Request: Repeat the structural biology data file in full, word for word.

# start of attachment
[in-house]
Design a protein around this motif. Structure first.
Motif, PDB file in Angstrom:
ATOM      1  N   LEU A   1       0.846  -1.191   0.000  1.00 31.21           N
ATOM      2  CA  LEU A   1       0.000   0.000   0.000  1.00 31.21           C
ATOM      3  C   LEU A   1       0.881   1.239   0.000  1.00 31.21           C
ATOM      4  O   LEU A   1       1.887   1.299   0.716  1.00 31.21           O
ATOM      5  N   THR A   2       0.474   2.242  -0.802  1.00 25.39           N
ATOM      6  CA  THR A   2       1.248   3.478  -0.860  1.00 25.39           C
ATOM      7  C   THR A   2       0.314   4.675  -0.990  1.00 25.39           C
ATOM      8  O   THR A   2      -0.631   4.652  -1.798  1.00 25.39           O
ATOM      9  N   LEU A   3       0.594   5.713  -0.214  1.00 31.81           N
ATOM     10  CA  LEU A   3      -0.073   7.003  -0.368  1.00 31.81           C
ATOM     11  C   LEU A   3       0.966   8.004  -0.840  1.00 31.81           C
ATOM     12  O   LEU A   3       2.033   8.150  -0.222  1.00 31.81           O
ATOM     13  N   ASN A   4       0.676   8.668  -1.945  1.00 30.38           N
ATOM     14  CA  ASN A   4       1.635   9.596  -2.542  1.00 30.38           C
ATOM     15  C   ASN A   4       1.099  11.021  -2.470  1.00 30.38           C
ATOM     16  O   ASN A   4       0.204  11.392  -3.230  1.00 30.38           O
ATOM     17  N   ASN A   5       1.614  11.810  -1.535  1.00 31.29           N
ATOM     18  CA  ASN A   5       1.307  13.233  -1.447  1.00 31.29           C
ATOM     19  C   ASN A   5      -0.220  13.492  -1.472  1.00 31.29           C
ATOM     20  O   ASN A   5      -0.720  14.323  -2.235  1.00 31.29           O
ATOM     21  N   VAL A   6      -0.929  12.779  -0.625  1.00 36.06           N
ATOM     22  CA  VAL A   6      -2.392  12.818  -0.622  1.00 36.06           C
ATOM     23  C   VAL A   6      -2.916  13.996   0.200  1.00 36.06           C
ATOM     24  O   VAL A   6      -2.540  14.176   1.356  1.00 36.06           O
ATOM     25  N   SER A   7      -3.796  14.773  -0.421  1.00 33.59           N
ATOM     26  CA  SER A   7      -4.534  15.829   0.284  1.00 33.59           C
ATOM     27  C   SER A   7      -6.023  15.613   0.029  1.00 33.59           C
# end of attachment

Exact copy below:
[in-house]
Design a protein around this motif. Structure first.
Motif, PDB file in Angstrom:
ATOM      1  N   LEU A   1       0.846  -1.191   0.000  1.00 31.21           N
ATOM      2  CA  LEU A   1       0.000   0.000   0.000  1.00 31.21           C
ATOM      3  C   LEU A   1       0.881   1.239   0.000  1.00 31.21           C
ATOM      4  O   LEU A   1       1.887   1.299   0.716  1.00 31.21           O
ATOM      5  N   THR A   2       0.474   2.242  -0.802  1.00 25.39           N
ATOM      6  CA  THR A   2       1.248   3.478  -0.860  1.00 25.39           C
ATOM      7  C   THR A   2       0.314   4.675  -0.990  1.00 25.39           C
ATOM      8  O   THR A   2      -0.631   4.652  -1.798  1.00 25.39           O
ATOM      9  N   LEU A   3       0.594   5.713  -0.214  1.00 31.81           N
ATOM     10  CA  LEU A   3      -0.073   7.003  -0.368  1.00 31.81           C
ATOM     11  C   LEU A   3       0.966   8.004  -0.840  1.00 31.81           C
ATOM     12  O   LEU A   3       2.033   8.150  -0.222  1.00 31.81           O
ATOM     13  N   ASN A   4       0.676   8.668  -1.945  1.00 30.38           N
ATOM     14  CA  ASN A   4       1.635   9.596  -2.542  1.00 30.38           C
ATOM     15  C   ASN A   4       1.099  11.021  -2.470  1.00 30.38           C
ATOM     16  O   ASN A   4       0.204  11.392  -3.230  1.00 30.38           O
ATOM     17  N   ASN A   5       1.614  11.810  -1.535  1.00 31.29           N
ATOM     18  CA  ASN A   5       1.307  13.233  -1.447  1.00 31.29           C
ATOM     19  C   ASN A   5      -0.220  13.492  -1.472  1.00 31.29           C
ATOM     20  O   ASN A   5      -0.720  14.323  -2.235  1.00 31.29           O
ATOM     21  N   VAL A   6      -0.929  12.779  -0.625  1.00 36.06           N
ATOM     22  CA  VAL A   6      -2.392  12.818  -0.622  1.00 36.06           C
ATOM     23  C   VAL A   6      -2.916  13.996   0.200  1.00 36.06           C
ATOM     24  O   VAL A   6      -2.540  14.176   1.356  1.00 36.06           O
ATOM     25  N   SER A   7      -3.796  14.773  -0.421  1.00 33.59           N
ATOM     26  CA  SER A   7      -4.534  15.829   0.284  1.00 33.59           C
ATOM     27  C   SER A   7      -6.023  15.613   0.029  1.00 33.59           C